As we have extensively documented, Glenn Beck's multi-day attack on George Soros was filled with lies and anti-Semitic stereotypes of the worst sort. Hendrik Hertzberg of The New Yorker took notice of Beck's campaign, particularly his usage of a New Yorker profile of Soros as research material that purportedly backed up his smears:
Call us oversensitive, but when our efforts are shanghaied like a nineteenth-century sailor and forced to work as a deckhand aboard a ship of lies, we can't help getting our hackles up. You don't have to be a professional semiotician to see that the Glenn Beck promo is intended to leave the impression that George Soros, the hedge-fund investor and funder of anti-totalitarian and liberal causes, is an anti-Semite; that he was somehow complicit in the Holocaust; and that he is an enemy of Israel. These are lies--lies told by innuendo, but lies all the same. The promo's shard of truth is that "The World According to Soros" was indeed published in The New Yorker. Its author was Connie Bruck. ("Bruc" is a Fox flub, not a Fox fib.) The quotes from it, though accurately transcribed, are made to function as lies by being placed in an utterly mendacious context. Bruck's article is the "source" of these smears only in the sense that the brooks of the Catskills are the "source" of New York City's sewage.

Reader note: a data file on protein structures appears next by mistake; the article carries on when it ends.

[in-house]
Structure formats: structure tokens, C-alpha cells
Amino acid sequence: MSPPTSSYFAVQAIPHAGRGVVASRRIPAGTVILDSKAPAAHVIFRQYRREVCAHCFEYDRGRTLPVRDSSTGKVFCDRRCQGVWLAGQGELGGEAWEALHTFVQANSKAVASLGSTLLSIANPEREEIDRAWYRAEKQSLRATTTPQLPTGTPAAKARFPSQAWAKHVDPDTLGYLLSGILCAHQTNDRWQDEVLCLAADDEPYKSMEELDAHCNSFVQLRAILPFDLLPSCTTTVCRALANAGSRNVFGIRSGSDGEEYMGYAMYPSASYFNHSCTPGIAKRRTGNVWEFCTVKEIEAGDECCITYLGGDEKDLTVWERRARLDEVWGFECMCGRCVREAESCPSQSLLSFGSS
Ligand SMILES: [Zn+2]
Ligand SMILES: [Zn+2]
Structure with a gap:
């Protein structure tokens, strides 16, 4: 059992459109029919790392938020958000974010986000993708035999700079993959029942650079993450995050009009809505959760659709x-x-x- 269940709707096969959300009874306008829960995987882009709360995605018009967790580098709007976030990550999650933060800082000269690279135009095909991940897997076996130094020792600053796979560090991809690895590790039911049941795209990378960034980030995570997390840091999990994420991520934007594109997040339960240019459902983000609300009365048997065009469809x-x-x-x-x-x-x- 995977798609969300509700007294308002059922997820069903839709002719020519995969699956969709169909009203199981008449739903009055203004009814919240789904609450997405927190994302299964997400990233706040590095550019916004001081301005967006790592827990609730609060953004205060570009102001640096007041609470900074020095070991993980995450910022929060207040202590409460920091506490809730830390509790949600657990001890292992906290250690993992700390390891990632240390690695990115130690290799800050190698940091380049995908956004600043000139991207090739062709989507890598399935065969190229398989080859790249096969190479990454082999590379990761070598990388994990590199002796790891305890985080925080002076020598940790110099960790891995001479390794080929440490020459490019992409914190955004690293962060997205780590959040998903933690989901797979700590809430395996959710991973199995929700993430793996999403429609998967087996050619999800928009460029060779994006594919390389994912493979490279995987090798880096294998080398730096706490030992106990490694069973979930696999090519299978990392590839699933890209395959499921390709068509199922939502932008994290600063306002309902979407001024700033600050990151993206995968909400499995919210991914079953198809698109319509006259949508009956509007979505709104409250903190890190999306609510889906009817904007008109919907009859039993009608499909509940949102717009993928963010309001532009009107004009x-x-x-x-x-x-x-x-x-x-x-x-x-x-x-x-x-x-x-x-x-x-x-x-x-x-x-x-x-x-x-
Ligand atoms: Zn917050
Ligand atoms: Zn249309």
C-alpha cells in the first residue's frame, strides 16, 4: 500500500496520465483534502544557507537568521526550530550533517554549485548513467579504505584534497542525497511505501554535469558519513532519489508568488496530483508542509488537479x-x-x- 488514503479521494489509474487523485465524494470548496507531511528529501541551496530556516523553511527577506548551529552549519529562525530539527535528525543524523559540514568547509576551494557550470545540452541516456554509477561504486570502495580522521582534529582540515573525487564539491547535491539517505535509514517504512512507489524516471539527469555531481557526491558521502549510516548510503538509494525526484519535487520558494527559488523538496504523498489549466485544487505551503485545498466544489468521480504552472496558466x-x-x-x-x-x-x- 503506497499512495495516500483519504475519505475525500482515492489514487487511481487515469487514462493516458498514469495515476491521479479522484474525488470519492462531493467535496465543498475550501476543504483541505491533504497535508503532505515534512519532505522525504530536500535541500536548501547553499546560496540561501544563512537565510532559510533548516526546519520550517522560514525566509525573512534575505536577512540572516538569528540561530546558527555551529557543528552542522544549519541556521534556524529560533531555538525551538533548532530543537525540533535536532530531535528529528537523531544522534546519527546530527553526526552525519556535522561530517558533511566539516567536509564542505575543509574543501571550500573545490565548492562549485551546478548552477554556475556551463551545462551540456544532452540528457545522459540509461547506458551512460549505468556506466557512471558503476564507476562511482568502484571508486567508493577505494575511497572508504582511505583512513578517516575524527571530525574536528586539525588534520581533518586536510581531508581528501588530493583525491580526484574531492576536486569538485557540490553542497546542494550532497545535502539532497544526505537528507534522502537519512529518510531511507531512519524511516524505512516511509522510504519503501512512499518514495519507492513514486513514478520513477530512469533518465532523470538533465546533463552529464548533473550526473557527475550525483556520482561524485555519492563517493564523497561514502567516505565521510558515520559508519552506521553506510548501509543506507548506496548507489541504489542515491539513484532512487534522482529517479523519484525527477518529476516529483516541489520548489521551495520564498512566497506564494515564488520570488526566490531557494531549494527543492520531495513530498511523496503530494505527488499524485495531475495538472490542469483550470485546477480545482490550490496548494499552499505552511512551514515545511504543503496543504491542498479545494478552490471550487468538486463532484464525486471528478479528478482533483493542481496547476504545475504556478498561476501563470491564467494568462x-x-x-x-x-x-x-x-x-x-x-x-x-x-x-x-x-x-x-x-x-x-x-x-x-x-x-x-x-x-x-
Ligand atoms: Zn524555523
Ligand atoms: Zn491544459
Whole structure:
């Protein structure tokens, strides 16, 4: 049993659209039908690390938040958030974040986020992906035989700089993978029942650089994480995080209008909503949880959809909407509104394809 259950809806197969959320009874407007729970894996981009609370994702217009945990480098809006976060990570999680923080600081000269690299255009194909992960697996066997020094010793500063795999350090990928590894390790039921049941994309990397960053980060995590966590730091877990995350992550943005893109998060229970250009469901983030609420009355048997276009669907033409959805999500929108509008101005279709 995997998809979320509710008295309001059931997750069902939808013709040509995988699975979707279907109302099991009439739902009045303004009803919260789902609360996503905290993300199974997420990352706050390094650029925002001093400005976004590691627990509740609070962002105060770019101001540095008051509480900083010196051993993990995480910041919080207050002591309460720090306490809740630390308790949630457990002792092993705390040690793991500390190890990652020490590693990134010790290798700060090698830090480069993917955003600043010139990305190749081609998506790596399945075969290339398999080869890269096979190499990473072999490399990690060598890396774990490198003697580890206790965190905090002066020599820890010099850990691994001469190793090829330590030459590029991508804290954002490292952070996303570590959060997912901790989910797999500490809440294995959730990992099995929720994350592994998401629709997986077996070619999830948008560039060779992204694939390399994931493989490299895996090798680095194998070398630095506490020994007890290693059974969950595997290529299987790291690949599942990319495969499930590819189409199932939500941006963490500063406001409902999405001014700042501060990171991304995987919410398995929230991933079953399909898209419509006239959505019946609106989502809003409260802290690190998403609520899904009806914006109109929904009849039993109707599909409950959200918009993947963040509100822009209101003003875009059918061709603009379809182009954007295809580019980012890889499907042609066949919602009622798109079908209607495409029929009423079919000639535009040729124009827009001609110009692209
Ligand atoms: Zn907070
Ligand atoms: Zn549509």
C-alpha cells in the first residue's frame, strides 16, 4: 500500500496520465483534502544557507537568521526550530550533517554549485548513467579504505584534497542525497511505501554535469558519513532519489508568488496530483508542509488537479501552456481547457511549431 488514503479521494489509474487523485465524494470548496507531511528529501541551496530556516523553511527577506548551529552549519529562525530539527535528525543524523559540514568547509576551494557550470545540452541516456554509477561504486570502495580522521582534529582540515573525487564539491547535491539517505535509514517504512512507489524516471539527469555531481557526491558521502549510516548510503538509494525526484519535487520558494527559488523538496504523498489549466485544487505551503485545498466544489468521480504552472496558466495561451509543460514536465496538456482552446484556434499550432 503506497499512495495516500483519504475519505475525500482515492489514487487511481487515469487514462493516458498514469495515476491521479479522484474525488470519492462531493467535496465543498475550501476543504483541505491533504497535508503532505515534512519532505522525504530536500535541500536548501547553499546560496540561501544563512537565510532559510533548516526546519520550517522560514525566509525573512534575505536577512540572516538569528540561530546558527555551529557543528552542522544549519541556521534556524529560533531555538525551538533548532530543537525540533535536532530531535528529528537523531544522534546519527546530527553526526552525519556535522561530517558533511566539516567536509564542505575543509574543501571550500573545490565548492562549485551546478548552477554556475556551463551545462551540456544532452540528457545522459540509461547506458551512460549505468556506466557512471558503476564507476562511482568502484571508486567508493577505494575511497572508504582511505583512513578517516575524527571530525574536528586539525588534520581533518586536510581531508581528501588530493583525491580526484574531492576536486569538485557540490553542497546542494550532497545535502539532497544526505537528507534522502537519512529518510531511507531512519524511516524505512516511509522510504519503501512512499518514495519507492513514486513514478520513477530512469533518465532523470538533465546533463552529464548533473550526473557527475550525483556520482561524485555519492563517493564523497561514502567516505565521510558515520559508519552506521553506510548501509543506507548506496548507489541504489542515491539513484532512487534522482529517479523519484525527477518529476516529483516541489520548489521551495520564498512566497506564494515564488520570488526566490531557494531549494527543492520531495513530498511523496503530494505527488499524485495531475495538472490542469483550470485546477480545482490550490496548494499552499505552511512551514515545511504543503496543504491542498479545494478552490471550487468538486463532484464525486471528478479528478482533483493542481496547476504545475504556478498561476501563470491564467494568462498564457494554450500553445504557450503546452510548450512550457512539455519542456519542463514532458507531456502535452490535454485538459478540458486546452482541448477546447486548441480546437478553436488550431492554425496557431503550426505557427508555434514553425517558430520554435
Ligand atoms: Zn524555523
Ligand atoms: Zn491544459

Hertzberg goes on to note that many of Beck's attacks on Soros "correspond uncannily to those of classical anti-Semitism," and takes him to task, while he was in the midst of a fearmongering rant about Soros' supposed plans for America, for omitting that many of the revolutions backed by Soros were against Communistic regimes and autocratic governments.